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Okay, I admit it. I'm a novice investor and very confused. On the one hand, given educated stock purchases, even in a bear market or a correction, I can see my retirement nest egg building considerably. On the other hand, I worry about market highs and lows wiping out my retirement savings, leaving me to ponder my poor choices.

I was at Mutual Funds Interactive (www.fundsinteractive.com) the other day, and - surprise, surprise! - they are pretty bullish on mutual funds over the long term (though I did see a number of discussions on their boards about market timing in funds, to make things more confusing).

Am I better off with one mode of investing versus the other, or should I have a portfolio with a mix of stocks and funds, and perhaps some bonds thrown in for income. Any ideas? Thanks. - Not-quite-foolish
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LaurenDi  wrote:
Okay, I admit it. I'm a novice investor and very confused

Welcome to the club.

I am now less then novice but far from expert (and for sure not yet demonstrated even competent) and still somewhat confused. But for what its worth here is where I have gotten to in the last 9 months.

Most of the people on this board believe in the Fools methods of investing for at least part of our portfolios.

What the Fools advocate is spelled out in a fairly easy to read 13 steps (day or two or maybe 3) in the fools school on this web page.
http://www.fool.com/school

So I would suggest you start there and see if what those lessons teach make sense, because, if they do, they will go a long way in pointing you in the direction of a mode of investing.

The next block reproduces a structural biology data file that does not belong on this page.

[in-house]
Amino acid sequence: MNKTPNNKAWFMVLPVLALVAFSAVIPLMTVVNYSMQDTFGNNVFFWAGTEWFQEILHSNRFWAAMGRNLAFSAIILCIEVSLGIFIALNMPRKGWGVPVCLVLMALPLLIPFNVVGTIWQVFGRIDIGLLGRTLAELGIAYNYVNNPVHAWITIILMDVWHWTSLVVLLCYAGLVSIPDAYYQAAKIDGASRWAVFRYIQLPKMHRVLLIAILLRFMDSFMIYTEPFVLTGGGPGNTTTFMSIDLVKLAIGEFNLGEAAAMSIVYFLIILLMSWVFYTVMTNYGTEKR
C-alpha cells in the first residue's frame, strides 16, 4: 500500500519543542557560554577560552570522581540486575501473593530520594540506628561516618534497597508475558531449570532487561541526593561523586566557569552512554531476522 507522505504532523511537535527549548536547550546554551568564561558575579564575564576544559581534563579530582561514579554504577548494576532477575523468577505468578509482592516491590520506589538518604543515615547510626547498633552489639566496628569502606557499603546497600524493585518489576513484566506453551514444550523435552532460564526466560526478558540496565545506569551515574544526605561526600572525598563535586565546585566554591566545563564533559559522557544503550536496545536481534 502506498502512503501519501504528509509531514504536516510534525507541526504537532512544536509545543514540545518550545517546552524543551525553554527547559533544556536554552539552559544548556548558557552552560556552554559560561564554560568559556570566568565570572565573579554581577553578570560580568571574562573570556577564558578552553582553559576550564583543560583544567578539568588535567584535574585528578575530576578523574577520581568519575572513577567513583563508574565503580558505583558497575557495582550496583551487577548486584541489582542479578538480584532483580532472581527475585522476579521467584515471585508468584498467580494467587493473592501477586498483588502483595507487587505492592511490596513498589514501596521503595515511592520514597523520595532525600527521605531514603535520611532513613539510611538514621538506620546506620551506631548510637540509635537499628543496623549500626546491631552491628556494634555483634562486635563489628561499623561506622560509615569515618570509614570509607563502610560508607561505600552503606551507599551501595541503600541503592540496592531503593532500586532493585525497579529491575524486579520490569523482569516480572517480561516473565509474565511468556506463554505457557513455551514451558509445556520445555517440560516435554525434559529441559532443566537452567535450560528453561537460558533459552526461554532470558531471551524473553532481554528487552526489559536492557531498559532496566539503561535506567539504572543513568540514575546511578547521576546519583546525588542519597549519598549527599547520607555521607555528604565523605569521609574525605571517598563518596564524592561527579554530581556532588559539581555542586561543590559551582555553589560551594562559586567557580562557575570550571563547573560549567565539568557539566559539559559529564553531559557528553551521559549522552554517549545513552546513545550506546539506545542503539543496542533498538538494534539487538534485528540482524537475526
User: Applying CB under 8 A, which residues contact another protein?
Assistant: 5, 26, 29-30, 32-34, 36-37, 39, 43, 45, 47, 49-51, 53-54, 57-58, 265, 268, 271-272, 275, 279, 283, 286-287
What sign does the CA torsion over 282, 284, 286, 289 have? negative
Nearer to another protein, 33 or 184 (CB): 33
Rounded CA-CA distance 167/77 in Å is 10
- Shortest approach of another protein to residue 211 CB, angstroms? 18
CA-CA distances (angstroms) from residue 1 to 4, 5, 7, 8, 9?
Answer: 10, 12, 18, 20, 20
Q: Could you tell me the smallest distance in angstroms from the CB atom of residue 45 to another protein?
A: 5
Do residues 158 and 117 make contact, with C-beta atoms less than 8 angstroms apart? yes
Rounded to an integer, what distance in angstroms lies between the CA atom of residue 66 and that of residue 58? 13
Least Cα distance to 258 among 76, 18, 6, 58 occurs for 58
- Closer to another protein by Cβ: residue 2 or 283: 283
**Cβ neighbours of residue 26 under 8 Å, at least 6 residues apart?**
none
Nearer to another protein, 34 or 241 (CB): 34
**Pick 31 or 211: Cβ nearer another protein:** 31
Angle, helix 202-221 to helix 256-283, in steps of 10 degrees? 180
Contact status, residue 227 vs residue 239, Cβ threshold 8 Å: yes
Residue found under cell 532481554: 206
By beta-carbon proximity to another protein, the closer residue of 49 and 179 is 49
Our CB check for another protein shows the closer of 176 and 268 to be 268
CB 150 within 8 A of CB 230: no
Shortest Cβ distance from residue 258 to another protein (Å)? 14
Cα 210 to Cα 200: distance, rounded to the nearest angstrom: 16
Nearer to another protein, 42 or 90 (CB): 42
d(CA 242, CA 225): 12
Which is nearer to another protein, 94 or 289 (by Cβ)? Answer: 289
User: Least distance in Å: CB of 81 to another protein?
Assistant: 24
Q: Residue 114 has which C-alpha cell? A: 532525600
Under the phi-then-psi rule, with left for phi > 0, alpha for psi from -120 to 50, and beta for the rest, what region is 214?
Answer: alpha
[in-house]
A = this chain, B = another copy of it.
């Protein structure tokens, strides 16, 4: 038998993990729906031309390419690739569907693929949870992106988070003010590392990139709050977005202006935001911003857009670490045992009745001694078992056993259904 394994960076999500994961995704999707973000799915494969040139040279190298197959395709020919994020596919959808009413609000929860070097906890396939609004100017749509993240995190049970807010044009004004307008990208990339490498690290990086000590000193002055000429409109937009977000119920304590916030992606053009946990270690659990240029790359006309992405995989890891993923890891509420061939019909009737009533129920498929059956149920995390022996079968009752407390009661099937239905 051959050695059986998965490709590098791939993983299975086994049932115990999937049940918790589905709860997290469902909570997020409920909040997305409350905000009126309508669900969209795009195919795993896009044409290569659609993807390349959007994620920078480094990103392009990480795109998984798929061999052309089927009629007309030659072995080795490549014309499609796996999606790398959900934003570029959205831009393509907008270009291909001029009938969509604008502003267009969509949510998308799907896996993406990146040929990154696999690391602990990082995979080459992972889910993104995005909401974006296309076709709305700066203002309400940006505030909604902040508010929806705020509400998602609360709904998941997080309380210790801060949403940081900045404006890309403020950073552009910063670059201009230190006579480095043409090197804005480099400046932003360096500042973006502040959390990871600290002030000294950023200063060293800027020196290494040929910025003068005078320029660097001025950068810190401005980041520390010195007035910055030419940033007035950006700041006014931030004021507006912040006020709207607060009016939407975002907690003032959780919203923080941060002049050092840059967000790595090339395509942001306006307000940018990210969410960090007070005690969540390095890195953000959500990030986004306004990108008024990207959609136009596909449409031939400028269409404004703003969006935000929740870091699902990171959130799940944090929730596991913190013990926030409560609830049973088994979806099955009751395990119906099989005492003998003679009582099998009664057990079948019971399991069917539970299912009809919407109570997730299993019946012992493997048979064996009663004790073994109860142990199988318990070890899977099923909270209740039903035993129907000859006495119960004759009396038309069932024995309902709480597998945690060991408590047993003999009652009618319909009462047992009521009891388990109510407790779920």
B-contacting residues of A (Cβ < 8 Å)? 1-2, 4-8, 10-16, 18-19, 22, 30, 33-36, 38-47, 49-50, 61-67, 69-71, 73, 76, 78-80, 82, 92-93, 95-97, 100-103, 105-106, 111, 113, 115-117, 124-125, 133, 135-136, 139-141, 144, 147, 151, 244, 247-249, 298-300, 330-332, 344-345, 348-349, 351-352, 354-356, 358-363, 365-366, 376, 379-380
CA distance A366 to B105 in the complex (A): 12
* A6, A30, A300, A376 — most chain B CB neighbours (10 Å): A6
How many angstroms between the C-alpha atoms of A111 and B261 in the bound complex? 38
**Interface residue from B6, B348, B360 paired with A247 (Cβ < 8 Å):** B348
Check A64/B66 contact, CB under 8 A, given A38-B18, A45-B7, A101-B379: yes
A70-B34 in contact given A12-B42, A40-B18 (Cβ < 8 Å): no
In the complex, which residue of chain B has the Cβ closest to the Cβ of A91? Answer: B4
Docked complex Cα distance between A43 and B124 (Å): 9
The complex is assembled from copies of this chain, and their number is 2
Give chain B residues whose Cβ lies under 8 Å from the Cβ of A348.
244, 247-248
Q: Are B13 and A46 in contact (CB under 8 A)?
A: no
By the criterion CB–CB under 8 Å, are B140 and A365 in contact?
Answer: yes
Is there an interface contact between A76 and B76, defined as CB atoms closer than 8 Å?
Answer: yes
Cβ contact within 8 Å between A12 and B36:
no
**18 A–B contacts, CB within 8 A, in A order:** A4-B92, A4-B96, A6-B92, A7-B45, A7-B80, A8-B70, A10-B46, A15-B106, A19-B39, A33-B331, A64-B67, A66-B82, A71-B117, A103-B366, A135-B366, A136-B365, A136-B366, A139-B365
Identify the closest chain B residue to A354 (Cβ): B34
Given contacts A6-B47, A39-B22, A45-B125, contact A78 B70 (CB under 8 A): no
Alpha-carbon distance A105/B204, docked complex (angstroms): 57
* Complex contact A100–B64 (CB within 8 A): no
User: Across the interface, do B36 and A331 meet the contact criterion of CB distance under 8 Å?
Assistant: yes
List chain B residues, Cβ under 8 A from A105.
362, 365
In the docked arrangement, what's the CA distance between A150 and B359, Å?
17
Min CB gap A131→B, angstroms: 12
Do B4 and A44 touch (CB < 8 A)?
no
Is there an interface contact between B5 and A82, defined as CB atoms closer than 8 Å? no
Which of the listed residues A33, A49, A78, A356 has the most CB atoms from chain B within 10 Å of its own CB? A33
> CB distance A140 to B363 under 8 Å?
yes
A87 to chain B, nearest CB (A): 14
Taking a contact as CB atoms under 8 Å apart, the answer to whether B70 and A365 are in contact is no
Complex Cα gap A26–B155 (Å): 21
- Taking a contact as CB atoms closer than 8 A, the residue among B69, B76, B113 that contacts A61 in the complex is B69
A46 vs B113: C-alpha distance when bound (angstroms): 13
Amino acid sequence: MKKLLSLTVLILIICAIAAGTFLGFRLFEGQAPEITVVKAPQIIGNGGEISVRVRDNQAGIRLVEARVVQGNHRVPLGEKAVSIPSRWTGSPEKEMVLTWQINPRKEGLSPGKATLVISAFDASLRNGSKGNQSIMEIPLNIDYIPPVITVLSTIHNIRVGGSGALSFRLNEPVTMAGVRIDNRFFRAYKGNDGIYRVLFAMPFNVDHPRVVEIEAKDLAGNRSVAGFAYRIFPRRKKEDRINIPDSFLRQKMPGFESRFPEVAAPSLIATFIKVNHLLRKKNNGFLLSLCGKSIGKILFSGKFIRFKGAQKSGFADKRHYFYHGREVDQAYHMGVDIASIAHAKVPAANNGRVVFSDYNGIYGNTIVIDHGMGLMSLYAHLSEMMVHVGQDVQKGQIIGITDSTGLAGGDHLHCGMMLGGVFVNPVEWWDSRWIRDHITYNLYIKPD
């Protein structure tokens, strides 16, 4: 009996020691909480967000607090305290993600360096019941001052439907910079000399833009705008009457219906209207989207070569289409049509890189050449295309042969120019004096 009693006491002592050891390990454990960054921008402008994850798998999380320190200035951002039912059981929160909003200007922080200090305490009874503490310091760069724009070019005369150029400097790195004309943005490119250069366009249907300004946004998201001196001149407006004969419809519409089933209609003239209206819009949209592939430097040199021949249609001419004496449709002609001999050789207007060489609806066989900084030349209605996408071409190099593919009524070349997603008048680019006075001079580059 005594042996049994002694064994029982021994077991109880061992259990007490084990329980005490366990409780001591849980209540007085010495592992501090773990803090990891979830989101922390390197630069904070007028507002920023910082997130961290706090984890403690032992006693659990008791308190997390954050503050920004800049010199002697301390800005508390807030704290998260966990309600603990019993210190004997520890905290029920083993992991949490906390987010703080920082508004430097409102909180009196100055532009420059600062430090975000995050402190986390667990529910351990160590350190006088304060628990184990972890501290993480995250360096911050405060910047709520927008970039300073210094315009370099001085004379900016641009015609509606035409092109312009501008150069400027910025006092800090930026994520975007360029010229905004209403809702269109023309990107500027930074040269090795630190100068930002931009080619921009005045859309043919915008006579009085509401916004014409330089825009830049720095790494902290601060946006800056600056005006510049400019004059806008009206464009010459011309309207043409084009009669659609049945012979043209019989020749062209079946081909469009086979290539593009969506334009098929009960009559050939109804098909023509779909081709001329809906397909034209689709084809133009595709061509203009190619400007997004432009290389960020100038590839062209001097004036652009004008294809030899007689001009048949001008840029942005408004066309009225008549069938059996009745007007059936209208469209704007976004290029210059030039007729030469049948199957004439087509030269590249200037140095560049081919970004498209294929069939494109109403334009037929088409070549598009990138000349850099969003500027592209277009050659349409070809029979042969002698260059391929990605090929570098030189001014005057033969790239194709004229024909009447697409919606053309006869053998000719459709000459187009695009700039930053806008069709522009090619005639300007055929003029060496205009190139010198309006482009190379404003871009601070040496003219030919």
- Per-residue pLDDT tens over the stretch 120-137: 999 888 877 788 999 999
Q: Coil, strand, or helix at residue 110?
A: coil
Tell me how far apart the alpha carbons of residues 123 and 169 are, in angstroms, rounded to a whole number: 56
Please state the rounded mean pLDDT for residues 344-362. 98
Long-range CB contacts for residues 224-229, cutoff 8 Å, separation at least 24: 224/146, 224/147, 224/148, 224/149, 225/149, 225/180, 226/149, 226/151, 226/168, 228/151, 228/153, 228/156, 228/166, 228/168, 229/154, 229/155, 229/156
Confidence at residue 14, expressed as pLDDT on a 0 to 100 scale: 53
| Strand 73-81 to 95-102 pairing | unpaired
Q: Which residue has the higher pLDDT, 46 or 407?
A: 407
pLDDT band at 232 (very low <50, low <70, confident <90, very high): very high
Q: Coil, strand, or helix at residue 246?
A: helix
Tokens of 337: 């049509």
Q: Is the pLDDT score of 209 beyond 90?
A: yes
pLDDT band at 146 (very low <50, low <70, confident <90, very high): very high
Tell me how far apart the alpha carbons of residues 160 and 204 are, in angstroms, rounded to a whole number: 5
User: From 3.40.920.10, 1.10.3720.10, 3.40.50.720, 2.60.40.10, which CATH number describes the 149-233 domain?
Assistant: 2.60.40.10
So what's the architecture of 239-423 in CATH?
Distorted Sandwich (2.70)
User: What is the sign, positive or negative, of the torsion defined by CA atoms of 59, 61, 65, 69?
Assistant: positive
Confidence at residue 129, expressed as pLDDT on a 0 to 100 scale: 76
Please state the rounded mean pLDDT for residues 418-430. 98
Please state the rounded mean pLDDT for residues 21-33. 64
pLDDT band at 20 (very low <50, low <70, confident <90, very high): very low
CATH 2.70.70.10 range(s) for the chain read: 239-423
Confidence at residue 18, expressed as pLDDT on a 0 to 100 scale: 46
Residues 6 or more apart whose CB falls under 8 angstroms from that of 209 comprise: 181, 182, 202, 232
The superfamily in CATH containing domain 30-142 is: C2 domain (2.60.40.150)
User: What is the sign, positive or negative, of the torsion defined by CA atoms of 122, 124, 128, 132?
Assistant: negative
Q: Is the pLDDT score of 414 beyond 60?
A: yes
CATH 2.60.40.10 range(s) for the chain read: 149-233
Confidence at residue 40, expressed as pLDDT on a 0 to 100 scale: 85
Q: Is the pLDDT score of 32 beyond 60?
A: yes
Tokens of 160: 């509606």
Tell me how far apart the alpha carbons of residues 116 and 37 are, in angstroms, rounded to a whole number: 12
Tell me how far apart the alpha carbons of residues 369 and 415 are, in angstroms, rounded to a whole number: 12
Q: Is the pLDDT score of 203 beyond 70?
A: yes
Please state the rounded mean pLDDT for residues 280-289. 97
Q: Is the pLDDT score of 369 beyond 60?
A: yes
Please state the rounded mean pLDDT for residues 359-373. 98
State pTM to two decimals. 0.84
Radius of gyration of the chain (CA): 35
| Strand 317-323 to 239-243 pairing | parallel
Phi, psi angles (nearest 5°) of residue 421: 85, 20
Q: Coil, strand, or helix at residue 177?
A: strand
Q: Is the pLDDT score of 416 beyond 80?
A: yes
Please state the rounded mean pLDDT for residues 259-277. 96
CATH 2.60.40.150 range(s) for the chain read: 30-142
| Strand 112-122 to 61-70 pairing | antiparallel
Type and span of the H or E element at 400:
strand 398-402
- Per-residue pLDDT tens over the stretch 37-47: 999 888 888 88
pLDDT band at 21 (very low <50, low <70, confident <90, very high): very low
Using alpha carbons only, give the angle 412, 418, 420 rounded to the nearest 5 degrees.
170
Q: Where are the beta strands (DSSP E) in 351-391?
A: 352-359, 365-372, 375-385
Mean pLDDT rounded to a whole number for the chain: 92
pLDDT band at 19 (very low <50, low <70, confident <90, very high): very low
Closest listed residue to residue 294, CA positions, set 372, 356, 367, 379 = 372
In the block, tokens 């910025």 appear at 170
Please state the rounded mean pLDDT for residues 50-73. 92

Hope this helps some.


oldred22
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Hi LaurenDi,
I did not see your original post, but I caught the response from oldred and thought I would add my two cents too.
I am an extreme novice. I am in the process of paying off the rest of my credit cards and getting out of debt. I have two left from eleven. Once that is done I plane on subscribing to the LBYM board and saving for foolish investing.
As you can tell I am a believer in most of the philosphies discussed here. I did not start out this way. I started out thinking a good diversified mutual fund portfolio would easily get me to the millions when I retire (I am 25 and have 40 years until 65)!! I am now licensed to sell mutual funds and began learning all I can. One day, I saw a book store going out of business and decided to stop in. I picked up a book entitled, "The Unemotional Investor" by Robert Sheard. His book mesmorized me. I immediately logged on to this site and here I am. I strongly suggest you read as many books on the subject as you can. Not only foolish books, but books of varying investment philosphies and you will be able to make your own decisions.
The one definite thing I have learned here is that even with all of this information at your fingertips you must still do your homework. Investing can be unemotional but not necessarily so easy as to be called free money.
I have a lot to learn, but I am young, eager and determined to be the best fool I can based on my knowledge, experience and risk tolerance.
I wish you and all the rest of the fools here nothing but peace love and happiness especially with their portfolios.
Dan
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Laurendi:
<<Okay, I admit it. I'm a novice investor and very confused. On the one hand, given educated stock
purchases, even in a bear market or a correction, I can see my retirement nest egg building considerably. On the other hand, I worry about market highs and lows wiping out my retirement savings, leaving me to ponder my poor choices.>>

Don't think for a moment that stock mutual funds are immune from losing money thru making 'poor choices'! The only difference is that you have zero say in how a mutual fund invests your money. If history is any guide, index funds will keep beating actively managed funds decisively, especially once expenses & taxes are included. And the Foolish Four, RP4, etc. will probably keep beating the index funds, on average.

<>

If I may make a sweeping generalization, around these parts, the only good mutual funds are "true" index funds (i.e., those with very low expense ratios & other costs). And even index funds are considered adequate only when either:
1) it's your only choice (e.g., most 401Ks don't allow buying of individual stocks) and/or,
2) you're just starting out & don't have a lot of money to invest. Even deep discount $10-12 commissions eat up too much of your dough unless you're investing >$1K-2K minimum per stock. (expenses again!)

Go ahead & read TMFIG, it will help reduce your confusion.

Chris